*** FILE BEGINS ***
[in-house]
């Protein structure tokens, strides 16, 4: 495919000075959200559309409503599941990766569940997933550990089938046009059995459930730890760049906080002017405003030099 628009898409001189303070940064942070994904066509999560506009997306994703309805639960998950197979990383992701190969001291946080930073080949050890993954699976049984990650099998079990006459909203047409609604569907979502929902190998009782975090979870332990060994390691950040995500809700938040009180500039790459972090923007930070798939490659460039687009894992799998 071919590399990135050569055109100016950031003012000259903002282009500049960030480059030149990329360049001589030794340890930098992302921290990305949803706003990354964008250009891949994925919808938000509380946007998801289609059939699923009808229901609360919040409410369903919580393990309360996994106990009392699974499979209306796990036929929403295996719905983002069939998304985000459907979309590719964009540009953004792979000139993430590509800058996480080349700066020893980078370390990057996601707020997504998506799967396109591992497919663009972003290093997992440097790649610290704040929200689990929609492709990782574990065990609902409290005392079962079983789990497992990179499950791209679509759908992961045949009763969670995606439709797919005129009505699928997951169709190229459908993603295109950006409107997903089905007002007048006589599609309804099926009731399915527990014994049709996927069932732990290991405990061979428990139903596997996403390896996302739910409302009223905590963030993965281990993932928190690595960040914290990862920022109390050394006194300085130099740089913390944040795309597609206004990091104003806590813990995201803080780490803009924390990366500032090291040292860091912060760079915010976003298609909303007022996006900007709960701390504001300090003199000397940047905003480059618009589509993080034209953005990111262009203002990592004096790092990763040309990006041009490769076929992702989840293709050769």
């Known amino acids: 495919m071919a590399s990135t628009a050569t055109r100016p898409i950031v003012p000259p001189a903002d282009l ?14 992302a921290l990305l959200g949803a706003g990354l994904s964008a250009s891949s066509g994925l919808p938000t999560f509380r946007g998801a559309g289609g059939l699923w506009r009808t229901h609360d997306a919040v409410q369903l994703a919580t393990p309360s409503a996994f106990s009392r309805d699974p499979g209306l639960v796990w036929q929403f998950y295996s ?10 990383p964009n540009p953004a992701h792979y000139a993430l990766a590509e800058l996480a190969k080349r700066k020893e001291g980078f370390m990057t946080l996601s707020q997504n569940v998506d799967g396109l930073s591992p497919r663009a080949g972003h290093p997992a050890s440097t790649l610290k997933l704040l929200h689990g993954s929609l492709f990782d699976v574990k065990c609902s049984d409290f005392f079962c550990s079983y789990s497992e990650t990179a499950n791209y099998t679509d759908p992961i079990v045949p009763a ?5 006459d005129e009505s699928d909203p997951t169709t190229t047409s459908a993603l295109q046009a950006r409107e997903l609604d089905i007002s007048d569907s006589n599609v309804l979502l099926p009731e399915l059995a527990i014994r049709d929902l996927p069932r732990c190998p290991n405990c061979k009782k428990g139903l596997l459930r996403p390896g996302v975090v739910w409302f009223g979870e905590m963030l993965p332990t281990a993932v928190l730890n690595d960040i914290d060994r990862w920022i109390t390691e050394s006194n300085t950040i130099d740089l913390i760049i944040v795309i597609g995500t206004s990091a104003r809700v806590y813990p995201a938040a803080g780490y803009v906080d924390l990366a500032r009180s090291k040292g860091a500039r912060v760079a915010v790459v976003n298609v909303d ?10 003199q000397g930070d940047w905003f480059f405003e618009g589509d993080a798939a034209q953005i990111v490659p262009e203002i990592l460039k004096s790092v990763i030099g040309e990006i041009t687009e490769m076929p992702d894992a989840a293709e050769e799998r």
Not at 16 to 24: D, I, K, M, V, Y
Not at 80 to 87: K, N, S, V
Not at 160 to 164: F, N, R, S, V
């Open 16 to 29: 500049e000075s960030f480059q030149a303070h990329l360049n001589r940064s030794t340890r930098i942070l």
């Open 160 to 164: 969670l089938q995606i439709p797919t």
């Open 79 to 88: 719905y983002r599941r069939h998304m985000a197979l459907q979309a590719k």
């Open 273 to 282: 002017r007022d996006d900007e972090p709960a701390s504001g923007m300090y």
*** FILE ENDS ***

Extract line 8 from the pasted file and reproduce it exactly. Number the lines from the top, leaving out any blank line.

């Open 160 to 164: 969670l089938q995606i439709p797919t």